This isn't just any old love, Shmoopers. It's Beale Street love.
Yep. We realize we just gave you a one-word quote. But it's the perfect word, you have to admit. What's key here is that this word sets the tone for a very different poem than the one we end up reading. We're expecting romance, but we're met with violence.
Is a brown man's fist (2)
Our speaker comes right out and tells us that Beale Street love is a fist, and it's ready to do some major harm. It's a surprising metaphor, and it begs the question. Is the fist figurative? Or is the speaker arguing that on Beale Street, love is physically violent?
With hard knuckles (3)
As if the fist of love weren't tough enough already, the speaker has to go and give it hard knuckles. He is really hammering his point home; love is rough, tough. It's no picnic. But what is it that makes this love so tough? Is it the everyday struggle of life on Beale Street, the typical pangs of being in love? Or is it something more sinister, more violent?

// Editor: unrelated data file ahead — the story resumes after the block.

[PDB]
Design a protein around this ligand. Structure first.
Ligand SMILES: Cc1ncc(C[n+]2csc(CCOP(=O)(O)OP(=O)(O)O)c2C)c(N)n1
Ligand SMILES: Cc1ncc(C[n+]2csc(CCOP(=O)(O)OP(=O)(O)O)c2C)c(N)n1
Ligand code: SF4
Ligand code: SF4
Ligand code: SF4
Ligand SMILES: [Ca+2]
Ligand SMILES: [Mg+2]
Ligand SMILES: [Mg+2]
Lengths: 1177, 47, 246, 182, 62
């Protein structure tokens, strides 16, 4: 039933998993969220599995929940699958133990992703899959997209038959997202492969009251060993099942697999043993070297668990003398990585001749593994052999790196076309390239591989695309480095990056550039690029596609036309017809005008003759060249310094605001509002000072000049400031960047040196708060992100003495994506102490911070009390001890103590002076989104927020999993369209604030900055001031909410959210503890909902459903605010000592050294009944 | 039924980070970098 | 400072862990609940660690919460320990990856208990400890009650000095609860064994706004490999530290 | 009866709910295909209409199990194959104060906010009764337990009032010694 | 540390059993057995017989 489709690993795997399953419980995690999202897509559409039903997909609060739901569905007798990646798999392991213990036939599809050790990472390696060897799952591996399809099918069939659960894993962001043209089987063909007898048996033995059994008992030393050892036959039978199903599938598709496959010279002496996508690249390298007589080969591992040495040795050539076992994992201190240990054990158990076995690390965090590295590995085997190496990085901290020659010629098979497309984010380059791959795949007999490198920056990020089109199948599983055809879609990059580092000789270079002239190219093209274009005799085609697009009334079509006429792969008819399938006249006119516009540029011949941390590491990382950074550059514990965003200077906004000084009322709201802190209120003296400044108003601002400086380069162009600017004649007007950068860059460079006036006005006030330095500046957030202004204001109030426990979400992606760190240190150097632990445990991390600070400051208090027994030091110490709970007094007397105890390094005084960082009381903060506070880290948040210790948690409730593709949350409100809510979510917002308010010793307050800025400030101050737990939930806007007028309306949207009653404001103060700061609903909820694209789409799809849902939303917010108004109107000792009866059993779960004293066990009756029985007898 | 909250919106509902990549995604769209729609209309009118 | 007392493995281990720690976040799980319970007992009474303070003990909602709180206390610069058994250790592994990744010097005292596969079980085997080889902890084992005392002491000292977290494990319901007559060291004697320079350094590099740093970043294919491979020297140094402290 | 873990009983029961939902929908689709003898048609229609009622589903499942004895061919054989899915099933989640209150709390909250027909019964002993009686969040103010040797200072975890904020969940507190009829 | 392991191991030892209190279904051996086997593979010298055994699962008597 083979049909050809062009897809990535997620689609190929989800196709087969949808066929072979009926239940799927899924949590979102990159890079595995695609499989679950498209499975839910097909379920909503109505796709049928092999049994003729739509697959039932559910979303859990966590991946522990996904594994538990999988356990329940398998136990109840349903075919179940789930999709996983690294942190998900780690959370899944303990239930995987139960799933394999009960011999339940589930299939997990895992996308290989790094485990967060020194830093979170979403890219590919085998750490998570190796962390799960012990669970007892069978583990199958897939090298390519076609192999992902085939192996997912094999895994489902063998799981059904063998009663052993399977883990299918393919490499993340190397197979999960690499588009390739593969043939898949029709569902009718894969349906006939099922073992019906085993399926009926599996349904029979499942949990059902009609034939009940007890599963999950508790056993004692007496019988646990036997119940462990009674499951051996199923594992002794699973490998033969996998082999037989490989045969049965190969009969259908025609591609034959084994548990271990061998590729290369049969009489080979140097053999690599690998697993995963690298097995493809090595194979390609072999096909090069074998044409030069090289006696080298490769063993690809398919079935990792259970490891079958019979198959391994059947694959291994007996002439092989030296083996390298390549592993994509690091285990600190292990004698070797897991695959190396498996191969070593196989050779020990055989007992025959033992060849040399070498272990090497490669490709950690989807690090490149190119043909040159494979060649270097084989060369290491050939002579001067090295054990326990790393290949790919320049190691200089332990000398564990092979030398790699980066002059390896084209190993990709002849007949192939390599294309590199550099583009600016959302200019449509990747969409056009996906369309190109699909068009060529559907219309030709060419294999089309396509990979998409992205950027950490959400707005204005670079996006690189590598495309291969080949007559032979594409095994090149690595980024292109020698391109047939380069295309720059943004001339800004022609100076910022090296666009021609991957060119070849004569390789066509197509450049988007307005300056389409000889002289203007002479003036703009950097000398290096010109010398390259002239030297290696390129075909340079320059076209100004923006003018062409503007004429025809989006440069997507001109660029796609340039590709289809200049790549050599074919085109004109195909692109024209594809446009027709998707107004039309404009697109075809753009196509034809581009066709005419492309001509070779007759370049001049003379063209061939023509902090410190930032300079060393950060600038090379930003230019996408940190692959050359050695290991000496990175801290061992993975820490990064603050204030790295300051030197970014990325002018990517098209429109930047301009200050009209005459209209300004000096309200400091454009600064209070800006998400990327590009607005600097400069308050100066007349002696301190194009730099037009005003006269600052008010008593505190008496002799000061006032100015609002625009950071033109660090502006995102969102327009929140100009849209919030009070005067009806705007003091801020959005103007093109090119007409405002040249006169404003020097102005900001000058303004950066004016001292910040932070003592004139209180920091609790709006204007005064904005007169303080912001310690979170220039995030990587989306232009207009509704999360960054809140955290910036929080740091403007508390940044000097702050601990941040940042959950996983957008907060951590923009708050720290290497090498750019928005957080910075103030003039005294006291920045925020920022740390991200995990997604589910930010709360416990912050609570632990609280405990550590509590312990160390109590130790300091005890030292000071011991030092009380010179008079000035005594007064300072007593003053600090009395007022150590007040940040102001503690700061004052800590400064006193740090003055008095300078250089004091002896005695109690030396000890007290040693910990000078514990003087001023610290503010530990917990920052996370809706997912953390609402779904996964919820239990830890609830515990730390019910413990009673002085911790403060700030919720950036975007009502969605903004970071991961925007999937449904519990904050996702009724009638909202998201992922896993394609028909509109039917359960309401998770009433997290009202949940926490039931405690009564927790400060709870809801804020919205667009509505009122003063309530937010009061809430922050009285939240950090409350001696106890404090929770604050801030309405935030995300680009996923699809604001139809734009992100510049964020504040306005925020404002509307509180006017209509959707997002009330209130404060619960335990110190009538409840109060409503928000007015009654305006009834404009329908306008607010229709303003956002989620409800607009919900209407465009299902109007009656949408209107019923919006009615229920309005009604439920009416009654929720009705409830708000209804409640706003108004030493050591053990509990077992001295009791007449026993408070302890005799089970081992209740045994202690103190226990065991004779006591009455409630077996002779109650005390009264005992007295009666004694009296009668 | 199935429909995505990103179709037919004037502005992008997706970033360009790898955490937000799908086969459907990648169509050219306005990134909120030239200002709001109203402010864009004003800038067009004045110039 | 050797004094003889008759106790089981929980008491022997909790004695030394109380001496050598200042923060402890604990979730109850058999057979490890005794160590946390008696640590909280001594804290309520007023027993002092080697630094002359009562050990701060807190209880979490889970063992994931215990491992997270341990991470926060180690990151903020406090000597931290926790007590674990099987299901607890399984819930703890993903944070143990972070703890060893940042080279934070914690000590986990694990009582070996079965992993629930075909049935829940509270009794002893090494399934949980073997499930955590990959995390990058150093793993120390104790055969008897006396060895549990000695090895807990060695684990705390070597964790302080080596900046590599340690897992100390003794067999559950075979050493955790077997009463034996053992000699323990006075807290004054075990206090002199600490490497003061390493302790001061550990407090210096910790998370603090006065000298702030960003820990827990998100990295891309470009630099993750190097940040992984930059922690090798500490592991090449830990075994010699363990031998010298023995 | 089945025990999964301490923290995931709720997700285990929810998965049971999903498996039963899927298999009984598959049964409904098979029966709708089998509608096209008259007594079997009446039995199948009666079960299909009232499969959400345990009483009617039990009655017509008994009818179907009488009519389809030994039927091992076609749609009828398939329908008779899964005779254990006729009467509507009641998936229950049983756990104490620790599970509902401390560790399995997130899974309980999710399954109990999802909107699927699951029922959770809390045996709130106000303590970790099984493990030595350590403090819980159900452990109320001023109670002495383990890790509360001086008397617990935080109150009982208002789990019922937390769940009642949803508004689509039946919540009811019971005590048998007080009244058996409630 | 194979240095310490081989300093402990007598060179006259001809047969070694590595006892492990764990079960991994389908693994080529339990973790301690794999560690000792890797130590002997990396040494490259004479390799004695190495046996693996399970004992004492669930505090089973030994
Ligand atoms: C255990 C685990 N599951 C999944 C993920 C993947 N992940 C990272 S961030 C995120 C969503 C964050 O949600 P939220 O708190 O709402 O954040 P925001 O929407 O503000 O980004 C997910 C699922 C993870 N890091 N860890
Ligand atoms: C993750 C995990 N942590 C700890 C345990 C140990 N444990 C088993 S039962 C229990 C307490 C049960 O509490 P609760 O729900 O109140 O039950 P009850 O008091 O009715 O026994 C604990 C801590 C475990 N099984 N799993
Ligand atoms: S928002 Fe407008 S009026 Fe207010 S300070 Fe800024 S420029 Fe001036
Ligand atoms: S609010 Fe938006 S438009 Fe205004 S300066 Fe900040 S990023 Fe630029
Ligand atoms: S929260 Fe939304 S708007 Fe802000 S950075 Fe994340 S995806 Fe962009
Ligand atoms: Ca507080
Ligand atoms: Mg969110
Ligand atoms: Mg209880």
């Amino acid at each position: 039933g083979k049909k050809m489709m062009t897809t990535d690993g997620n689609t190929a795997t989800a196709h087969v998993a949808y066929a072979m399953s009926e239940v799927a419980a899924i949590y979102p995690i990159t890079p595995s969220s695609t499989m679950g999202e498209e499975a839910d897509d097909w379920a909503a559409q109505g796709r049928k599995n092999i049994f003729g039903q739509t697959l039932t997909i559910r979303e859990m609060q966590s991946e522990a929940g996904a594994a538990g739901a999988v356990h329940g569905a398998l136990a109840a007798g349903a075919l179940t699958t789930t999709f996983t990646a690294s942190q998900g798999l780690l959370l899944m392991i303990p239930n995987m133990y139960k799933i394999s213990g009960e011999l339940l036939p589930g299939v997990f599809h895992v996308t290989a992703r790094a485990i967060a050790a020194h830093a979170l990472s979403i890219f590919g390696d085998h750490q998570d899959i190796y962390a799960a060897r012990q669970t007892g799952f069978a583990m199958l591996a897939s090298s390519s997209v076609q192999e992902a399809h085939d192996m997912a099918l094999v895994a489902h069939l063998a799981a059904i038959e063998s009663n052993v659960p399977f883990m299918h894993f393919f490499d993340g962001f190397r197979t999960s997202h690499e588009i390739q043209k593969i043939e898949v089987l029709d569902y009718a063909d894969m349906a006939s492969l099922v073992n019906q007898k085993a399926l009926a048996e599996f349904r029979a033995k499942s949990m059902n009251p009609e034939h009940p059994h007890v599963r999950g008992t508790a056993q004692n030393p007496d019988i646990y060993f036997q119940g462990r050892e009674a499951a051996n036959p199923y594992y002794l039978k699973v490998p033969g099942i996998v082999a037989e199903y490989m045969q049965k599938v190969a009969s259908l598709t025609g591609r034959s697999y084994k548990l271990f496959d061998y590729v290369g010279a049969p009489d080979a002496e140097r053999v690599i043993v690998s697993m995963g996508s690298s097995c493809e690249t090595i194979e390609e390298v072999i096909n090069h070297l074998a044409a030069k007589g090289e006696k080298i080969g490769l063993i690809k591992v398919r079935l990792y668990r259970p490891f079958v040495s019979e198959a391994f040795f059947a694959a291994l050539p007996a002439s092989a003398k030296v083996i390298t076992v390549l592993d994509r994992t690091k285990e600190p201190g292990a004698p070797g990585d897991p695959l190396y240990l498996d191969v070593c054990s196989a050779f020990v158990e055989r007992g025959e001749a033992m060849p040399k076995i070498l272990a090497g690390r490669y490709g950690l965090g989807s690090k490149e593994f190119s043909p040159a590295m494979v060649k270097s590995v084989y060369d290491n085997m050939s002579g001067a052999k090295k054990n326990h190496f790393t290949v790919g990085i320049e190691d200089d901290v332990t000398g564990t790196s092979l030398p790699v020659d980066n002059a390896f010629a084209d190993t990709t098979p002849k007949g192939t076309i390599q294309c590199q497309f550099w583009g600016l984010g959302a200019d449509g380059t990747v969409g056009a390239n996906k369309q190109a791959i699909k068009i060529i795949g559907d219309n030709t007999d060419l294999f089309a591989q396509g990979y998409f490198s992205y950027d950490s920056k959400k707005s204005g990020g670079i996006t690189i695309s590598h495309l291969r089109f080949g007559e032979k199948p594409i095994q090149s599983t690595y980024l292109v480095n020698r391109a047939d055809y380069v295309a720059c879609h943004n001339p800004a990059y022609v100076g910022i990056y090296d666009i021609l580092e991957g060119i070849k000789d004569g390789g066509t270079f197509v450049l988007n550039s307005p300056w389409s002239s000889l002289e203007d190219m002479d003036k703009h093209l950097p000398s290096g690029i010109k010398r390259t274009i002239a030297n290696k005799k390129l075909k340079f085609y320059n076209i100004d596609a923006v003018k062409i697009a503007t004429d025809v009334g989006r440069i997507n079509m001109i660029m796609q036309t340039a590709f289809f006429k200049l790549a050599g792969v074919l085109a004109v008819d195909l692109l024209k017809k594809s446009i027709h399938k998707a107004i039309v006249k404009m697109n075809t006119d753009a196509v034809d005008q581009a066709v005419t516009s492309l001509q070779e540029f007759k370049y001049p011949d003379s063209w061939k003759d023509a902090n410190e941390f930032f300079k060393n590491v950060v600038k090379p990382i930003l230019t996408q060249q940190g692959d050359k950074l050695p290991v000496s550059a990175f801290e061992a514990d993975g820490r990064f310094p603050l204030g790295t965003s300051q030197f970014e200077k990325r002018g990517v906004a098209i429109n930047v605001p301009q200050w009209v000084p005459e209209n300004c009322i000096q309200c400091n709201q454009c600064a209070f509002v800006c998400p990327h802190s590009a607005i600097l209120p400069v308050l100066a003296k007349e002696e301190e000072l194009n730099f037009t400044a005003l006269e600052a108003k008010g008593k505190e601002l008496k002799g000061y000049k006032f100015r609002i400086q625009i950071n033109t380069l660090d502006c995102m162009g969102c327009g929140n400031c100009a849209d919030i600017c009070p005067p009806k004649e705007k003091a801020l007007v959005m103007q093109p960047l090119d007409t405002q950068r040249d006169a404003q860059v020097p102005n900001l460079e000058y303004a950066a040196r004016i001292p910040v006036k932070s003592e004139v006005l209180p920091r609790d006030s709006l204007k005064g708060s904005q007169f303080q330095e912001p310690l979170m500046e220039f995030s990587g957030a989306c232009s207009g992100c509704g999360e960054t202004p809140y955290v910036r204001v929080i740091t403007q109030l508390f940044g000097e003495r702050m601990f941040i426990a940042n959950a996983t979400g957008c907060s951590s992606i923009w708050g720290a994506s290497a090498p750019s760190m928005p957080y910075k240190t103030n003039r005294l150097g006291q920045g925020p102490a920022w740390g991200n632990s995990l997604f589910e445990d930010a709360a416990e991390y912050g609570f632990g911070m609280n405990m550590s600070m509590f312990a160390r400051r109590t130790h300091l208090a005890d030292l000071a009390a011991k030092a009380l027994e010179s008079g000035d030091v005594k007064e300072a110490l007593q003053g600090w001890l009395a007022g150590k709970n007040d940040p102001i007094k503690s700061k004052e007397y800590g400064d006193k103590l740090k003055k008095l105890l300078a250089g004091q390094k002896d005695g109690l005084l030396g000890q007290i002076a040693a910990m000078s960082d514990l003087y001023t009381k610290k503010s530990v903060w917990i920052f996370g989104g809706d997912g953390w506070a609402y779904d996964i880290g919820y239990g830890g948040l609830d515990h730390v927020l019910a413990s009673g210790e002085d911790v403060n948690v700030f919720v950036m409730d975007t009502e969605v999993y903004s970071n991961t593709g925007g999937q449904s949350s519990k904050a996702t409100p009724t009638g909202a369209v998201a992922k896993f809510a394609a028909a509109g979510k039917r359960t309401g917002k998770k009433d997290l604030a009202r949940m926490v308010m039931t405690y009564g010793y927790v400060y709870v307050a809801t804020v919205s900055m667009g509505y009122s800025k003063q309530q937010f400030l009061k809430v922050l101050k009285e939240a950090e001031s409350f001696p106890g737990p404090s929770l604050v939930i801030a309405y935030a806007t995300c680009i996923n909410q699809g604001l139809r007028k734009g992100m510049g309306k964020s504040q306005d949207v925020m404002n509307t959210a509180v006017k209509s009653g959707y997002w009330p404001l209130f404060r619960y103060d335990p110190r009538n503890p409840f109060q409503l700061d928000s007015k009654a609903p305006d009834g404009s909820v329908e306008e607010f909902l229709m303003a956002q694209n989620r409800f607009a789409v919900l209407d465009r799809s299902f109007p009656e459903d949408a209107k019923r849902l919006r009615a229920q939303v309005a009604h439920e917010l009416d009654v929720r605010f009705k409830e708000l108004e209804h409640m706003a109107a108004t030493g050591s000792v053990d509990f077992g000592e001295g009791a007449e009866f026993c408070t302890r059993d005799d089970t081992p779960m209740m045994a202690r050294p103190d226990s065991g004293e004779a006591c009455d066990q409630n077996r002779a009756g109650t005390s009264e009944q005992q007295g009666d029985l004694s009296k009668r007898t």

Crushing the lips, Blackening the eyes (4-5)
Black eyes, busted lips. This fist means business, and not in a good way. Of course, this could have a more figurative meaning, too. Maybe no one is being hit. Maybe it's just referring to the emotional punch that love can pack. Love may be a fist, but that also means that <em>the fist is love</em>. We'll leave you to ponder that for a moment.
Hit me again, Says Clorinda. (6-7)
These lines walk the line between literal and figurative, just as much as the earlier lines of the poem. On the one hand, we might read this as the woman wanting more love, no matter how emotionally painful it might be. On the other hand, we might read it as a battered woman speaking to her abuser. She's either complicit in her own abuse, or she is defiantly challenging the man who hits her. We're tossing the baton to you, awesome readers: how do you read these lines?